I confess, I was holding off on my pandemic sketching. I don’t know why, maybe it’s lack of ability to focus, or maybe feeling overwhelmed by life these days, even though things are radically simplified by staying at home. I’ve never felt more grateful for a roof over my head and food in the fridge.
Yesterday, however, I finally jumped in to the Urban Sketchers group on Instagram at #uskathome this with this sketch. I had to capture those orange flowers in the bright light, as their tropical colors cheer me up every day as they over-winter in the only sunny window in our house.
And since we’ve been talking about starting with big shapes, can you figure out which shapes I drew first to set up the sketch?
I had to redraw these shapes a second time to get them the right size and location on my paper. Those first boxes determine everything! If you are sketching indoors during this pandemic, please consider posting your sketches to Instagram at #uskathome. More blog posts to come, how to find the vanishing point is coming up…stay tuned!
8 thoughts on “6. Kitchen Greens.”
Beautiful! I love the monochrome background – that cool blue shade is lovely and makes the plants in the foreground really pop. May I ask what colours you used to achieve that blue?
Hi Beverly, thank you!
That background color is a variation on my favorite gray, but instead of using French Ultramarine, I softened the color by using cobalt blue as the base hue, with a touch of permanent alizarin crimson to make it a little purple, and a touch of WN burnt sienna to make it a little gray.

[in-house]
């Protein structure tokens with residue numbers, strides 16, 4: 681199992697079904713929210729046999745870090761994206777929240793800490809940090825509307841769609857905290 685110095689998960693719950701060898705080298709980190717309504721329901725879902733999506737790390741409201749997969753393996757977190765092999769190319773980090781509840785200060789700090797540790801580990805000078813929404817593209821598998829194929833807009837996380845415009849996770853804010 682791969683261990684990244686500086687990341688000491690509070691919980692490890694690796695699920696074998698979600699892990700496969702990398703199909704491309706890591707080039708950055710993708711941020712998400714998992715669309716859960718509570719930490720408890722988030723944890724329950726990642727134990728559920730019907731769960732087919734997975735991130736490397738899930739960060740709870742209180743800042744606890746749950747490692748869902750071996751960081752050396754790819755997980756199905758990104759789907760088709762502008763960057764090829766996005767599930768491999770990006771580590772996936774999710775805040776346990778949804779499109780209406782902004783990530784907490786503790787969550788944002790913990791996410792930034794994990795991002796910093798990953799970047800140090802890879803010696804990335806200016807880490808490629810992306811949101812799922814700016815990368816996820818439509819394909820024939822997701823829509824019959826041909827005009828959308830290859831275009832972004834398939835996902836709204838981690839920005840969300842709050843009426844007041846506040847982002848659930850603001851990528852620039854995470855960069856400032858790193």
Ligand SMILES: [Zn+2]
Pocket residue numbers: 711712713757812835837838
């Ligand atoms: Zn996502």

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Thank you very much for your kindly posts, Stephanie, which help us improve our drawing and urban sketching techniques. I would like to make a request to you, in case you consider including it in your interesting posts: how do we calculate the angles of buildings when vanishing points are far from the paper space?
Thank you in advances and take care of yourself at home.
Thanks for your message and for this suggestion…it’s coming up as I start to talk about one and two point perspectives, so stay tuned!!!
Take very good care,
Stephanie, thanks so much for sending your material out. Your posts are terrific. I bought each of my students your perspective book last Christmas. Take care of yourself.
Hi Mary, thank you so much for your kind words! So much appreciated…and I Hope they liked the book!
Thank you for sharing all your insights. I’d love tips on photographing from a sketchbook when it’s hard to get the pages flat
Hi Ellen, thanks so much, and that is a great idea for a post!